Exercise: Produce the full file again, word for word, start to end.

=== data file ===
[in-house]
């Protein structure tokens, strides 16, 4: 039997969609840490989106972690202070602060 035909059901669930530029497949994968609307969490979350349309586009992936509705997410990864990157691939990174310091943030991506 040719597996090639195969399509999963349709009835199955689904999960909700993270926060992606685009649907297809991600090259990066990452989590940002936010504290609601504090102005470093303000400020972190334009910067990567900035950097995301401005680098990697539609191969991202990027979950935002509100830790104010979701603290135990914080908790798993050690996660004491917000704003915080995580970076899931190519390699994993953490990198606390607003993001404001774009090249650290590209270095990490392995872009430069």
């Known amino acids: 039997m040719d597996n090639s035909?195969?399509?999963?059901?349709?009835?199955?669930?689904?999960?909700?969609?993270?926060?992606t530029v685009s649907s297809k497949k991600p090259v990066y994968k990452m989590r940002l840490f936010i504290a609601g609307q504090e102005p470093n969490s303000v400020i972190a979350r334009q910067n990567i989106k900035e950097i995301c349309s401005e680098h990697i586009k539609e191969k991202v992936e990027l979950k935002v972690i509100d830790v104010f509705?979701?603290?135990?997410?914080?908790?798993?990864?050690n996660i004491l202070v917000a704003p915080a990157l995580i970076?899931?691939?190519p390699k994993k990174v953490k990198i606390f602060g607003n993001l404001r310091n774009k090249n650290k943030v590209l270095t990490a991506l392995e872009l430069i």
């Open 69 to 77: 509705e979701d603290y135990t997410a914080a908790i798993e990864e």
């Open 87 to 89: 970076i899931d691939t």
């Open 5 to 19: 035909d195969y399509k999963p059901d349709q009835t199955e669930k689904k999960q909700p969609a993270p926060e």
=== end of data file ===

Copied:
[in-house]
């Protein structure tokens, strides 16, 4: 039997969609840490989106972690202070602060 035909059901669930530029497949994968609307969490979350349309586009992936509705997410990864990157691939990174310091943030991506 040719597996090639195969399509999963349709009835199955689904999960909700993270926060992606685009649907297809991600090259990066990452989590940002936010504290609601504090102005470093303000400020972190334009910067990567900035950097995301401005680098990697539609191969991202990027979950935002509100830790104010979701603290135990914080908790798993050690996660004491917000704003915080995580970076899931190519390699994993953490990198606390607003993001404001774009090249650290590209270095990490392995872009430069």
């Known amino acids: 039997m040719d597996n090639s035909?195969?399509?999963?059901?349709?009835?199955?669930?689904?999960?909700?969609?993270?926060?992606t530029v685009s649907s297809k497949k991600p090259v990066y994968k990452m989590r940002l840490f936010i504290a609601g609307q504090e102005p470093n969490s303000v400020i972190a979350r334009q910067n990567i989106k900035e950097i995301c349309s401005e680098h990697i586009k539609e191969k991202v992936e990027l979950k935002v972690i509100d830790v104010f509705?979701?603290?135990?997410?914080?908790?798993?990864?050690n996660i004491l202070v917000a704003p915080a990157l995580i970076?899931?691939?190519p390699k994993k990174v953490k990198i606390f602060g607003n993001l404001r310091n774009k090249n650290k943030v590209l270095t990490a991506l392995e872009l430069i």
């Open 69 to 77: 509705e979701d603290y135990t997410a914080a908790i798993e990864e």
């Open 87 to 89: 970076i899931d691939t």
């Open 5 to 19: 035909d195969y399509k999963p059901d349709q009835t199955e669930k689904k999960q909700p969609a993270p926060e």